German soprano Martha Mödl (1912-2001) didn't start studying music until she was 28, and initially sang mezzo roles with great success. She attracted the attention of Wieland Wagner and became a favorite at Bayreuth in leading roles, also appearing at the Met and other opera centers of the world. She was a favorite of leading conductors including Karajan, Knappertsbusch, Furtwängler and Krauss, and there are a number of complete opera recordings conducted by them. She also was selected by Stravinsky for a live performance of Oedipus Rex in 1951, which was recorded. Later in her life she returned to mezzo roles and continued to perform in character parts including the Countess in The Queen of Spades which she performed in Mannheim at the age of 87 (!). Mödl's artistry is displayed on Preiser's new set, with the Italian and French roles sung in German. The second CD is devoted to excerpts from Tristan recorded for Telefunken in the early '50's, with Wolfgang Windgassen as Tristan. Excellent transfers. This is an important issue.
Anna Netrebko's Salzburg Festival concert in August 2009 has been issued on a deluxe edition CD, a program of music of Rimsky-Korsakov and Tchaikovsky, with encores by Dvorák and Strauss. Daniel Barenboim is accompanist. It's a delight throughout with the Russian soprano in home territory and many moments of exquisite beauty. Barenboim's accompaniments could not be bettered. If you enjoy this, you must investigate Netrebko's stunning album of Russian songs and arias cushioned in rich orchestral settings provided by the Mariinsky Theatre Orchestra conducted by Valery Gergiev (REVIEW).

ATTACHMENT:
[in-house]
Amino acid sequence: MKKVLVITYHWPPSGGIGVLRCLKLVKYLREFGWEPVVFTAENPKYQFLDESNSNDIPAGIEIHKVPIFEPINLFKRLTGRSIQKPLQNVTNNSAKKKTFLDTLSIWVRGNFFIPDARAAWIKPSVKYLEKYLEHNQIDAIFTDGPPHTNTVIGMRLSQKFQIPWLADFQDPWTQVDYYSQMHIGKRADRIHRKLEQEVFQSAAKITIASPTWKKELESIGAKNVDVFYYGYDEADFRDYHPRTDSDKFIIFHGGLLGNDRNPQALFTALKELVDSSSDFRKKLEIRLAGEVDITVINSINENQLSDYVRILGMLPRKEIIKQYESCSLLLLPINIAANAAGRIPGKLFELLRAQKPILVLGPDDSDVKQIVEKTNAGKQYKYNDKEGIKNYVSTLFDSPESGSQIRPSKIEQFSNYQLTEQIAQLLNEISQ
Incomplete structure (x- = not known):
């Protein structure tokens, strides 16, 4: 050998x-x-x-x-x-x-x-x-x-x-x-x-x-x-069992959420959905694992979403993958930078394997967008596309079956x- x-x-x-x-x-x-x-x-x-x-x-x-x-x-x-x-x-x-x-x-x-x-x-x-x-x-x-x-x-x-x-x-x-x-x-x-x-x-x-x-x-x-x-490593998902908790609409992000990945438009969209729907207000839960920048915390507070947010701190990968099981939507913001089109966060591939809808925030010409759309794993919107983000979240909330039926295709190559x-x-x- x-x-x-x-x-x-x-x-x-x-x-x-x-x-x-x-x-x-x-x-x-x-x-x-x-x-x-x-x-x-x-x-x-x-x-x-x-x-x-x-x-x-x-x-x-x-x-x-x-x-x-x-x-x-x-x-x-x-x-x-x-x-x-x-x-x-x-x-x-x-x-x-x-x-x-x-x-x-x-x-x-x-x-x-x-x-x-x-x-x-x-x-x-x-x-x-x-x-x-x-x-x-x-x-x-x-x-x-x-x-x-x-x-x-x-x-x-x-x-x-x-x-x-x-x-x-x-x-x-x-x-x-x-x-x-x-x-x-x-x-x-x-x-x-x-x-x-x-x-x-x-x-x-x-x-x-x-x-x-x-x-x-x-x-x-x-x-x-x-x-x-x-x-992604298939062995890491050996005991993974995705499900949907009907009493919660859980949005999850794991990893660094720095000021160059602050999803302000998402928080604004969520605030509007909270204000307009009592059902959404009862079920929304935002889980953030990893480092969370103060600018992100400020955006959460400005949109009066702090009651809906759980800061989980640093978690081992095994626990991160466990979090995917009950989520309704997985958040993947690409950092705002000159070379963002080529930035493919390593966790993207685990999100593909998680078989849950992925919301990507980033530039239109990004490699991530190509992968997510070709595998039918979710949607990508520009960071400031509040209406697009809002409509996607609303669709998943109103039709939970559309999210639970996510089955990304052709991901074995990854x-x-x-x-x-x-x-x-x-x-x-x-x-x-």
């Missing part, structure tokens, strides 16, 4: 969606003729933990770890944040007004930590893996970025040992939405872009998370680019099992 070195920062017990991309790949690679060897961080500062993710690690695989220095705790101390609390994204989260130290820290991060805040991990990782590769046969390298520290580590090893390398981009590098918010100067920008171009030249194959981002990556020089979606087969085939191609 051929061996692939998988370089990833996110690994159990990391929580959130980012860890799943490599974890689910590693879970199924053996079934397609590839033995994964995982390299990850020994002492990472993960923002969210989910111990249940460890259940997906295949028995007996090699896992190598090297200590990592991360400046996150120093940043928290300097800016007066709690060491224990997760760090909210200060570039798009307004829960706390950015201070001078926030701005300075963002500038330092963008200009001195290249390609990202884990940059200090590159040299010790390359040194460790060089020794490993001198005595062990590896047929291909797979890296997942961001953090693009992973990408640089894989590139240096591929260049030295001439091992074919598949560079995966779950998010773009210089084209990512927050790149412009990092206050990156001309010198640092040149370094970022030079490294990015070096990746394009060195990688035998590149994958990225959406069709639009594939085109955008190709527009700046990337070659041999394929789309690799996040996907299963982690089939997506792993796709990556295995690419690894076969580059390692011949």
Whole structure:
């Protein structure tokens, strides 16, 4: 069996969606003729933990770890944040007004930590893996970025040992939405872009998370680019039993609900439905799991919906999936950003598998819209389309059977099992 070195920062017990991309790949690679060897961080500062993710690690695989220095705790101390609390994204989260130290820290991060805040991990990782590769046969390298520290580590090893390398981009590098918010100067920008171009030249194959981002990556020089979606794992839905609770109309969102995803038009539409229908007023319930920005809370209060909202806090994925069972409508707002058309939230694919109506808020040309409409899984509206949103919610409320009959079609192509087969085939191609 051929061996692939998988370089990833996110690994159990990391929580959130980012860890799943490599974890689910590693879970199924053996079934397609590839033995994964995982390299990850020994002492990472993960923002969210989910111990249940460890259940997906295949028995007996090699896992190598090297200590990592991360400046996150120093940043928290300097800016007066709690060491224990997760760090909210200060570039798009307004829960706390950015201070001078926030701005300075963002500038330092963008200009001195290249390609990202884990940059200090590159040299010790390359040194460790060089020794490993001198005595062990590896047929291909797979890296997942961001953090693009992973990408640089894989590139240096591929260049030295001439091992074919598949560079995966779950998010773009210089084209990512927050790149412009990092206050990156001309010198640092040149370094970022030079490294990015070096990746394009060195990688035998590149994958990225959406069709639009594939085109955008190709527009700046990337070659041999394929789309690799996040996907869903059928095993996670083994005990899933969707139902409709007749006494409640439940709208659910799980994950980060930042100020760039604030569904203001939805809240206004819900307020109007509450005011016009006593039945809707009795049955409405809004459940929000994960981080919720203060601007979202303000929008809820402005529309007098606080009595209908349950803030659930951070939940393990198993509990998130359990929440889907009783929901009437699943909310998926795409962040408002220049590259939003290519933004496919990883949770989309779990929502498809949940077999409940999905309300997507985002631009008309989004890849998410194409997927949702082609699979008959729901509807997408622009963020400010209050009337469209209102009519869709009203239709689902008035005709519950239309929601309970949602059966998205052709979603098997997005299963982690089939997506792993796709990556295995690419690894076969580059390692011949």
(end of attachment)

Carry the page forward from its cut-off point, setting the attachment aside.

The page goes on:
Admirers of Jessye Norman will wish to investigate her latest recording, a twin-CD set called Roots: My Life, My Song. It contains "some of the music that comprises my personal universe and allows my fellow musicians and me to explore, to expand our own musical language and to pay homage to the icons who created the music that we celebrate and love." After an African Drum Invocation the program contains: His Eye Is On the Sparrow, I Want Two Wings, Lord, I Couldn't hear Nobody Pray, Sometimes I Feel Like a Motherless Child, Heaven, Somewhere, My Baby Just Cards for Me, Stormy Weather, Mack the Knife, Another Man Done Gone, Pretty Horses, God's Gonna Cut You Down, Les Chemins De L'Amour, J'Ai Deux Amours, April in Paris, Habanera, Take the "A" Train, Blue Monk, Solitude, It Don't Mean a Thing, Don't Get Around Much Anymore, and When the Saints Go Marching In. It is fascinating to hear Norman, so known for her Mahler, letting her hair down. This was recorded live on unspecified dates in Munich and Berlin with a small ensemble: Mark Markham (piano), Ira Coleman (double bass), Steve Johns (drums), Mike Lovatt (trumpet), and Martin Williams (saxophone, clarinet). Excellent sound, and the two CDs sell for the price of one.
R.E.B. (July 2010)